sampling leaf tissue in April, select all the leaves from
five to eight nonfruiting, well exposed spurs per tree, as
indicated here by tags.
The traditional practice of sampling almond leaves in July in order to determine fertilizer rates and timing is too late to allow for in-season adjustments that match the crops’ needs. But new research shows that sampling leaf tissue in April, approximately 43 days (plus-or-minus six days) after full bloom, allows growers to combine yield estimates and leaf-sampling results to predict nitrogen (N) demand, and then adjust the May-through-July fertility program accordingly.
This new protocol is the result of four years of research supported by the Almond Board of California and USDA, and led by UC Davis plant scientist Patrick Brown. Trials were conducted at multiple sites and were validated in additional trials in 2012. The goal of the new protocol is to ensure that N fertilizer rates target individual orchard productivity for the current crop year. By applying only as much fertilizer as the crop demands, growers can save money and reduce the risk of leaching or off-gassing of excess nitrogen.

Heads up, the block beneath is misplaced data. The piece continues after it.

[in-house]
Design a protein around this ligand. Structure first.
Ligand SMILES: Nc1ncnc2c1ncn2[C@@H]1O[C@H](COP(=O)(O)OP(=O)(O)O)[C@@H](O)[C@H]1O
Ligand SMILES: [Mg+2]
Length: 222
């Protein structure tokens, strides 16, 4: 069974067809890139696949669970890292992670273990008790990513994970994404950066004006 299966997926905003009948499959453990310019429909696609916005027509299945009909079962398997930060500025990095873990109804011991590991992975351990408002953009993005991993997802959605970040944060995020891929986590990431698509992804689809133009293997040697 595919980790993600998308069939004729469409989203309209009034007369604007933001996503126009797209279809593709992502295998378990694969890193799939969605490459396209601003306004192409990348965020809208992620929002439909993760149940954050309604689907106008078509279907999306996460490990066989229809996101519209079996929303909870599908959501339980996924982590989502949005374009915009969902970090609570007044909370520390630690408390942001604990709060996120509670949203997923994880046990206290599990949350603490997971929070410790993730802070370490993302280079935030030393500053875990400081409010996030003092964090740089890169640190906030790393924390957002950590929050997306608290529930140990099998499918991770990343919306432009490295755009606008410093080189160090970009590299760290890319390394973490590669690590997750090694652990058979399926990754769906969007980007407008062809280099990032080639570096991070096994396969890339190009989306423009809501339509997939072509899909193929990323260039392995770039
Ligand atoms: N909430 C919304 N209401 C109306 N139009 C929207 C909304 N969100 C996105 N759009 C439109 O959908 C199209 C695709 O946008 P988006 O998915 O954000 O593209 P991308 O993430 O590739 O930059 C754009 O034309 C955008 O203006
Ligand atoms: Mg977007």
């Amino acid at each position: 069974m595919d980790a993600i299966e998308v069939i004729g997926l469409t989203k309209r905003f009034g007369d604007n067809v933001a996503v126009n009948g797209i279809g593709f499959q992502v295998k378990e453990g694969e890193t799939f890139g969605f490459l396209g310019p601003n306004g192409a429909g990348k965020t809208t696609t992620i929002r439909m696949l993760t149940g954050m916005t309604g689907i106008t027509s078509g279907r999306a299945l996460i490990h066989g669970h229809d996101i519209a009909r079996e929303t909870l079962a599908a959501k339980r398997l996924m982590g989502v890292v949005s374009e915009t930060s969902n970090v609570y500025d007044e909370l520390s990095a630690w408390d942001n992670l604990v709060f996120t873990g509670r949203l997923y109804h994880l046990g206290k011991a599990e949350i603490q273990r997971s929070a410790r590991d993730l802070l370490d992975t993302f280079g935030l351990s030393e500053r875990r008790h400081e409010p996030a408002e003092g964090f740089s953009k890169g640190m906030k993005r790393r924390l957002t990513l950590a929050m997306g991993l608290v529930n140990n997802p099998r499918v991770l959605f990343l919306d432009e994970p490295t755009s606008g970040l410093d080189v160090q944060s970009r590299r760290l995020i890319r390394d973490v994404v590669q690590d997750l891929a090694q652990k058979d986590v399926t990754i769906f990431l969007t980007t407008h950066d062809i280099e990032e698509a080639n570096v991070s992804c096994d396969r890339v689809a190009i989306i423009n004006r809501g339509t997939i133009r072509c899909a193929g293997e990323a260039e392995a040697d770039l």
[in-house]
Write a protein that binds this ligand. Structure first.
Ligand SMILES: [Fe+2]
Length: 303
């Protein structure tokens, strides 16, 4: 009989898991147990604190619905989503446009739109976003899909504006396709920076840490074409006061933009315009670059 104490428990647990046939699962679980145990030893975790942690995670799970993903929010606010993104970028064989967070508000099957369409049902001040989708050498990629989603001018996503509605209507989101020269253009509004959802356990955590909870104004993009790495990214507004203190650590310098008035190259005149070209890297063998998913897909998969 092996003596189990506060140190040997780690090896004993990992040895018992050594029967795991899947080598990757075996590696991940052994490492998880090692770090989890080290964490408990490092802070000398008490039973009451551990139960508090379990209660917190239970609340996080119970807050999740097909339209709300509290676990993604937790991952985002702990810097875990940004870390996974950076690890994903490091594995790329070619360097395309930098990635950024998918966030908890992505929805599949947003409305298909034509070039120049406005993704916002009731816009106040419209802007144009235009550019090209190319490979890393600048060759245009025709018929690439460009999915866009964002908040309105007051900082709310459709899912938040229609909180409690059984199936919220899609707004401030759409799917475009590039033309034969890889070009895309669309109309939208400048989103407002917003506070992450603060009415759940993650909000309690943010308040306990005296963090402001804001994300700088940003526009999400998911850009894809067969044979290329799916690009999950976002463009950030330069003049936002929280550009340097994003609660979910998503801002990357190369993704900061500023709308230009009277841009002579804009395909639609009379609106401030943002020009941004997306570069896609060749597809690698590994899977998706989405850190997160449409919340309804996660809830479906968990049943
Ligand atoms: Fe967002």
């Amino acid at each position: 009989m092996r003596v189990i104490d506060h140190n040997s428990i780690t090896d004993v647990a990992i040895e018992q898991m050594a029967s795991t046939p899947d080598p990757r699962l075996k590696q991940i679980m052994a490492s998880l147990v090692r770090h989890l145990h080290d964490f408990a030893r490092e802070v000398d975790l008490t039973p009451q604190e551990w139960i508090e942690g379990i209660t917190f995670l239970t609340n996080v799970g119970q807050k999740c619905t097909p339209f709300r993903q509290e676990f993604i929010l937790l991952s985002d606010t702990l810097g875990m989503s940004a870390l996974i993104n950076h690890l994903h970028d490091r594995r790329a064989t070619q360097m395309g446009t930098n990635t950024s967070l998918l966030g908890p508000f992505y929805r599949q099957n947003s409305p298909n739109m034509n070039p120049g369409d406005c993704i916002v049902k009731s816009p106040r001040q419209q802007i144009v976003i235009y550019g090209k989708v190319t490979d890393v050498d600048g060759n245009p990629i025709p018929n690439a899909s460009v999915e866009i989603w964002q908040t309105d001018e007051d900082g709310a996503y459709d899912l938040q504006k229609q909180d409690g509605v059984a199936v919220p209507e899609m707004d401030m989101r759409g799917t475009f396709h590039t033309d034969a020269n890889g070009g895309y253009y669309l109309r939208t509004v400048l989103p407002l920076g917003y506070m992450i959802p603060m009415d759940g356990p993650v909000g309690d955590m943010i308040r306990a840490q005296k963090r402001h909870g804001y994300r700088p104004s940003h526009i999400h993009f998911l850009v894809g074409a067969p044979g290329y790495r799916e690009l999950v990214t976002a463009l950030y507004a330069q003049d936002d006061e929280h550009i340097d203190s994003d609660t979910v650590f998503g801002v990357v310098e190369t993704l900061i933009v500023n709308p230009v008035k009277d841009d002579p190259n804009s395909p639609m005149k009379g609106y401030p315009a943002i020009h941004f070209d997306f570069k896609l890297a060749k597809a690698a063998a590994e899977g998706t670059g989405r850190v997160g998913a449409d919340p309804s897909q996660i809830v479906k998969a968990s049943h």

If yields are expected to be off in one season and the April leaf analysis shows adequate N, the mid-season N application could be reduced. But if higher-than-expected yields are anticipated, an increase in N fertilizer may be called for.
Guidelines for the April leaf sampling, including collection technique, what the analysis should include, and how to interpret the results to plan a fertility program for the rest of the season, are provided in the document “Almond Early-Season Sampling and In-Season Nitrogen Application Maximizes Productivity, Minimizes Loss.”
The guidelines follow the UC Davis Early-Sampling Protocol, or UCD-ESP. When submitting samples to your lab, be sure to ask for the UCD-ESP. All California testing laboratories will be provided with UCD-ESP guidelines for interpreting April tissue values.